The paragraph authored by Forer, for his unsuspecting students, describes a very common state of mind, as well as a common personality.  If you think in this way, you would feel like you fit in with most people.  You would feel like you could sympathize with others.  You’d feel understood.  Most people would probably say that you were likeable.  But what you would not be is unique or authentic.

Most personalities are designed for the purpose of fitting in.  We develop the facade that gets us into the right group or the persona that gets us attention or accolades.  Sometimes our personalities get us the girl or guy or the job.  We create personalities because we feel that our true Self won’t accomplish the end we seek.  In short, personalities are mostly about impressing others.

The Roots of the Persona

The etymology of the word persona comes from the ancient theatre.  It relates to the idea of wearing a mask or a character.  But I once learned in an ancient theatre class that characters were usually chosen not because they could act the part but because they matched the part.  It seems that the idea of acting like someone else is a relatively modern concept.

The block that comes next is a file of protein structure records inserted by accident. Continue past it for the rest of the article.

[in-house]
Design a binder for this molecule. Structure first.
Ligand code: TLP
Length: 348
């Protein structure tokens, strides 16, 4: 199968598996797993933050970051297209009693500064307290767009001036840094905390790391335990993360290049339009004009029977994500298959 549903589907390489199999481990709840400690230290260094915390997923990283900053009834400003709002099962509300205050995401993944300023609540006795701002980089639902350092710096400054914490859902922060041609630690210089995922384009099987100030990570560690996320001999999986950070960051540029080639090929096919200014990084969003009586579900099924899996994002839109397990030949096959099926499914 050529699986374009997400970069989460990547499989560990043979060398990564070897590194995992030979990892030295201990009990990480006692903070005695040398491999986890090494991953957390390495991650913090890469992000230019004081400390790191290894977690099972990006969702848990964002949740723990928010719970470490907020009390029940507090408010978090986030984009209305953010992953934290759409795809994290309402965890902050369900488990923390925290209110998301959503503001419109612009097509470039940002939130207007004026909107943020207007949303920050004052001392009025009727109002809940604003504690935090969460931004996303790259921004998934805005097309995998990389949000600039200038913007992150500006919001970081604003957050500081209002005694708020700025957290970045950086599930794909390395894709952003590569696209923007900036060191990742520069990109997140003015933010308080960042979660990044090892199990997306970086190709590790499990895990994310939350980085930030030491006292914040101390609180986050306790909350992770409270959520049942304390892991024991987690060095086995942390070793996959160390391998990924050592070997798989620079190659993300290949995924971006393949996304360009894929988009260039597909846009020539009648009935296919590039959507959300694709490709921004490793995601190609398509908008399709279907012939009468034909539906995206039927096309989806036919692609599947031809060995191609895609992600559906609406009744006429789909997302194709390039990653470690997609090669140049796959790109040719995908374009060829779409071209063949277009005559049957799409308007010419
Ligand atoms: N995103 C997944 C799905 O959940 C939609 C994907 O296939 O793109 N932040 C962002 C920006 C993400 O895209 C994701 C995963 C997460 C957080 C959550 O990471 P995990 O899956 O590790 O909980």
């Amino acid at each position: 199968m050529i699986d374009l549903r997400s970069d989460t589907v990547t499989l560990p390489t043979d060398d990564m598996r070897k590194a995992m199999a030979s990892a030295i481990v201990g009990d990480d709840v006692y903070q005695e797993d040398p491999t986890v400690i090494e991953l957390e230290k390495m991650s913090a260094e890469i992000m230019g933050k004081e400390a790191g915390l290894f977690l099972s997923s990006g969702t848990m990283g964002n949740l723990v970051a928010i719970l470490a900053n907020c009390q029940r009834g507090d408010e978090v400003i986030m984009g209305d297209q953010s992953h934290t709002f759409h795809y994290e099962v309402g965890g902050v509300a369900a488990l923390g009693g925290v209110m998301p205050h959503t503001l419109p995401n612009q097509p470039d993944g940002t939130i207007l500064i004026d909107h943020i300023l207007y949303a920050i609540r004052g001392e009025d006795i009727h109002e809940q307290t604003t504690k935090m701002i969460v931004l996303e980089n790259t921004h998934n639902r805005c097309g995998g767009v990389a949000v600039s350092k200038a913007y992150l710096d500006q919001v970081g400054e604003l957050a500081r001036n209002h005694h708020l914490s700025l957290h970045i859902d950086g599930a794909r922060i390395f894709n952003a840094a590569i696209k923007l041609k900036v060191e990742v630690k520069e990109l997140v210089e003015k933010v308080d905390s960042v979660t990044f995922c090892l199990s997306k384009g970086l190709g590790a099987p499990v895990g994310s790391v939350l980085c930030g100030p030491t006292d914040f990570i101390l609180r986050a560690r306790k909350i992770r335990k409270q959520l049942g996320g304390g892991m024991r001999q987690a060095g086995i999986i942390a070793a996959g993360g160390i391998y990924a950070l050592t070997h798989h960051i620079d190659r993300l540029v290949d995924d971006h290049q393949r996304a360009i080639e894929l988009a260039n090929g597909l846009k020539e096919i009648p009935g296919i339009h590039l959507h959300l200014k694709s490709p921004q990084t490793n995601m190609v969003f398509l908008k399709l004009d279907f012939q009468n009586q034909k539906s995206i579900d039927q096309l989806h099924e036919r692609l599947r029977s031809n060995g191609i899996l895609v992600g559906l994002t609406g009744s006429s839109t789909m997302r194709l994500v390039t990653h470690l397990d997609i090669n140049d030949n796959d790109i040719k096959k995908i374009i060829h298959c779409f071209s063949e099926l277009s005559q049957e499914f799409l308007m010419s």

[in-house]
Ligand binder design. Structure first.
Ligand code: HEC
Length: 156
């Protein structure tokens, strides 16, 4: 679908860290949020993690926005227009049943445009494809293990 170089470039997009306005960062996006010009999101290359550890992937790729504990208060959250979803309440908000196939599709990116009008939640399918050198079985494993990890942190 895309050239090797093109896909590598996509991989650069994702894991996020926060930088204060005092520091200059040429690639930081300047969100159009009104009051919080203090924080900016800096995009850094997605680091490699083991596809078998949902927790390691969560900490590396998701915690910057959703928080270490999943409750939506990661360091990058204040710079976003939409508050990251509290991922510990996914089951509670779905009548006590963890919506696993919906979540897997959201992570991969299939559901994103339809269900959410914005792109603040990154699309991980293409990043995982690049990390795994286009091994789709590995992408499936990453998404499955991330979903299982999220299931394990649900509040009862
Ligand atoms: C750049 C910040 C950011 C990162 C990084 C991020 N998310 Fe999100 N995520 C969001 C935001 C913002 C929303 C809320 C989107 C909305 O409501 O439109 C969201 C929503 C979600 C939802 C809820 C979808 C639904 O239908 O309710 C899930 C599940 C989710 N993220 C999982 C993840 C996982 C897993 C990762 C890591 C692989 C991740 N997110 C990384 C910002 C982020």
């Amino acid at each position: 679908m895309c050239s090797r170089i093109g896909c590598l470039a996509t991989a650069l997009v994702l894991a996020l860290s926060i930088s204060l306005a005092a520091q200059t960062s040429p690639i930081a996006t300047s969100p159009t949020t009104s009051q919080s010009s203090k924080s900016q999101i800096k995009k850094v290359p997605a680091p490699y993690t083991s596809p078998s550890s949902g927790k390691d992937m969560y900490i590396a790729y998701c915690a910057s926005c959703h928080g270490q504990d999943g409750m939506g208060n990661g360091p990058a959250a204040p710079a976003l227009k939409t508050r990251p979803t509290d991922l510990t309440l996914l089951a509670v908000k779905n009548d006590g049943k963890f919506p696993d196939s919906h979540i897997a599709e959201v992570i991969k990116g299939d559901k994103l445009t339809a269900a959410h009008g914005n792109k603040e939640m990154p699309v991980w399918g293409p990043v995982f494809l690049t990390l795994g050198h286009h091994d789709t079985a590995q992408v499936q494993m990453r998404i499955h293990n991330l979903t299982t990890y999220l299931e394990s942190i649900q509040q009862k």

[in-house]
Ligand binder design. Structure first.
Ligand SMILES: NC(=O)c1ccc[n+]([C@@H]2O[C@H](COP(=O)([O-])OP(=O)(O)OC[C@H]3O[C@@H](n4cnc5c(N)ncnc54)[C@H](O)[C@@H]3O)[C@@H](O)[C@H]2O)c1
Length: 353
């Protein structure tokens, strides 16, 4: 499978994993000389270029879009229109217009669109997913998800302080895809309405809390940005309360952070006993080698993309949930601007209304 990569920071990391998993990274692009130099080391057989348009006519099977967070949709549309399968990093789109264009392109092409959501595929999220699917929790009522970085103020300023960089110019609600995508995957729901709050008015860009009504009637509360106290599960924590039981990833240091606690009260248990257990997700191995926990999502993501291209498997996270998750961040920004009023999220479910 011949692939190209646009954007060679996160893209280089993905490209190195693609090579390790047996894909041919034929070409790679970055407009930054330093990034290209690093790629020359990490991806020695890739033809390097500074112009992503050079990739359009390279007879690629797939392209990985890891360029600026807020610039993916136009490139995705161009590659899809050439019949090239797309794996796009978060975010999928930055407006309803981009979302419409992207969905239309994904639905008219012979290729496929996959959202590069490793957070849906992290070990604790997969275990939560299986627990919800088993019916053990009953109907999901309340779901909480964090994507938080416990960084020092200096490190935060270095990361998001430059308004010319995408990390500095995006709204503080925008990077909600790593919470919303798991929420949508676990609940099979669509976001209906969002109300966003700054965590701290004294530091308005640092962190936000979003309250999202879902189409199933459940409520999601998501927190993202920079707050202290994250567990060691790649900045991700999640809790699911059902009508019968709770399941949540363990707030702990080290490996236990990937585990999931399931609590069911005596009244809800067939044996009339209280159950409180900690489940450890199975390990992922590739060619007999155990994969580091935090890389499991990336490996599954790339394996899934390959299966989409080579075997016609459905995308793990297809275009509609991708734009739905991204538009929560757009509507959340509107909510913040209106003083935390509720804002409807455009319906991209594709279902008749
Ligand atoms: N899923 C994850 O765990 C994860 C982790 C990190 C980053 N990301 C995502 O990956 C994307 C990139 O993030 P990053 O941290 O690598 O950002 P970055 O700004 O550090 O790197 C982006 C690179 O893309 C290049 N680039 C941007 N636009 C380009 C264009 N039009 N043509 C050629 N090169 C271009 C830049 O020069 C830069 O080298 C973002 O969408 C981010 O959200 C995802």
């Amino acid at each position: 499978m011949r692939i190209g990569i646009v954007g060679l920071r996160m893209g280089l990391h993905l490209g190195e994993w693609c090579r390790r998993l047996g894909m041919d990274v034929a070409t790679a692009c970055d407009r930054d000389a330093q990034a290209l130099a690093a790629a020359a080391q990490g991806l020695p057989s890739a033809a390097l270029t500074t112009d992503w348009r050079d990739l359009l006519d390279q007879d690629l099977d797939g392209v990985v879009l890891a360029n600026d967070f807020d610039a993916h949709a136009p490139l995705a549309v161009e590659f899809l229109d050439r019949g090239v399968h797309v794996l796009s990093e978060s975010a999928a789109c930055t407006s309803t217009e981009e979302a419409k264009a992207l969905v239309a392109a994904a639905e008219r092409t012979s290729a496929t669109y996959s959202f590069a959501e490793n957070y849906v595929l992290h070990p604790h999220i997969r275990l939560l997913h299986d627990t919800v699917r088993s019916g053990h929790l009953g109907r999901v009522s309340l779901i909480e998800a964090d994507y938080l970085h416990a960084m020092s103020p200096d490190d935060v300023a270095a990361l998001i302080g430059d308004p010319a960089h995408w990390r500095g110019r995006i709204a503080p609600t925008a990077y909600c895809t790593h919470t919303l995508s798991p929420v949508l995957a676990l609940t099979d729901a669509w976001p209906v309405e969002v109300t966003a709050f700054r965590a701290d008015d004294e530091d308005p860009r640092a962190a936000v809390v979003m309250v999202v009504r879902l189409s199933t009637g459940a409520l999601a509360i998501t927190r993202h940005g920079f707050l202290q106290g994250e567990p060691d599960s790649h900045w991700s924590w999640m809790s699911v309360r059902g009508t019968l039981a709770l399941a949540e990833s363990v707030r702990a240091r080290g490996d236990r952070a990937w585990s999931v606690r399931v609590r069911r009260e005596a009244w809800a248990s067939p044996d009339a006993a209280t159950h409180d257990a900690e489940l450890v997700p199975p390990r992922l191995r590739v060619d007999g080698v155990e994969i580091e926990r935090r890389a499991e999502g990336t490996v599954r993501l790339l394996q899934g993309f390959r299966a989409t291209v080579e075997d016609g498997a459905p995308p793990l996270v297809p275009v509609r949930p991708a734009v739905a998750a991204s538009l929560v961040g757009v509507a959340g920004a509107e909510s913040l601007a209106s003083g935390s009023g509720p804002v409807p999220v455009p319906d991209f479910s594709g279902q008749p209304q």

This made perfect sense to me.  I still remember the day when I first realized that I could pretend to be someone else.  I was about 24 years old.  I was standing in the street in front of my house.  By this time, I had been married for a few years to a man who had already mastered the art of the persona.  In many ways, I thought he was a great communicator.  He seemed to have the right line for every occasion.

I, on the other hand, seemed to embarrass myself on a regular basis.  Whatever I thought just exploded out of my mouth; I didn’t have a filter or a mute switch.  Suddenly, I felt my mind split, and I realized that I had a secret world within my mind.  I could now say one thing and think another.  I’ve told this story many times, and people laugh and call me a slow learner.